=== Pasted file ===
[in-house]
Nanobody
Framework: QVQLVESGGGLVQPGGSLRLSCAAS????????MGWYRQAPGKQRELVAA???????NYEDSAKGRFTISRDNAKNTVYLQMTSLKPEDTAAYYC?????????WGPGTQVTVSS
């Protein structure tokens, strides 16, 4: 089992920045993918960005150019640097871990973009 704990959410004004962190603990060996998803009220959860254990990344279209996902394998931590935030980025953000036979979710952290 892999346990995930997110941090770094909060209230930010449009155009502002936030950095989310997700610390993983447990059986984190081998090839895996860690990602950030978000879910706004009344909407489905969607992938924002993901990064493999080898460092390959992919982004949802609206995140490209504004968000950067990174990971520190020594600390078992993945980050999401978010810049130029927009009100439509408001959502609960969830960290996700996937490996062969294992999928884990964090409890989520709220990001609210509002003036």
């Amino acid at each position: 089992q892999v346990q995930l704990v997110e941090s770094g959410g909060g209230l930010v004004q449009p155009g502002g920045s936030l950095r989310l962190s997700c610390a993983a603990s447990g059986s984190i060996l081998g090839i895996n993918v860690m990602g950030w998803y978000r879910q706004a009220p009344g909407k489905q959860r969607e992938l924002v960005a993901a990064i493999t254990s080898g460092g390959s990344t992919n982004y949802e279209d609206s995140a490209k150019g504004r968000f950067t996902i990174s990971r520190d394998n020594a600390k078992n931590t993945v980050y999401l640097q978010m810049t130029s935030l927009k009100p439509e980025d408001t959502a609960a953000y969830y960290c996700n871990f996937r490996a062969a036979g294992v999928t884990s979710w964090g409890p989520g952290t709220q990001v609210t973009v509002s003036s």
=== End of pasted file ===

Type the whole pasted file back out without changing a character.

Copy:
[in-house]
Nanobody
Framework: QVQLVESGGGLVQPGGSLRLSCAAS????????MGWYRQAPGKQRELVAA???????NYEDSAKGRFTISRDNAKNTVYLQMTSLKPEDTAAYYC?????????WGPGTQVTVSS
């Protein structure tokens, strides 16, 4: 089992920045993918960005150019640097871990973009 704990959410004004962190603990060996998803009220959860254990990344279209996902394998931590935030980025953000036979979710952290 892999346990995930997110941090770094909060209230930010449009155009502002936030950095989310997700610390993983447990059986984190081998090839895996860690990602950030978000879910706004009344909407489905969607992938924002993901990064493999080898460092390959992919982004949802609206995140490209504004968000950067990174990971520190020594600390078992993945980050999401978010810049130029927009009100439509408001959502609960969830960290996700996937490996062969294992999928884990964090409890989520709220990001609210509002003036």
């Amino acid at each position: 089992q892999v346990q995930l704990v997110e941090s770094g959410g909060g209230l930010v004004q449009p155009g502002g920045s936030l950095r989310l962190s997700c610390a993983a603990s447990g059986s984190i060996l081998g090839i895996n993918v860690m990602g950030w998803y978000r879910q706004a009220p009344g909407k489905q959860r969607e992938l924002v960005a993901a990064i493999t254990s080898g460092g390959s990344t992919n982004y949802e279209d609206s995140a490209k150019g504004r968000f950067t996902i990174s990971r520190d394998n020594a600390k078992n931590t993945v980050y999401l640097q978010m810049t130029s935030l927009k009100p439509e980025d408001t959502a609960a953000y969830y960290c996700n871990f996937r490996a062969a036979g294992v999928t884990s979710w964090g409890p989520g952290t709220q990001v609210t973009v509002s003036s």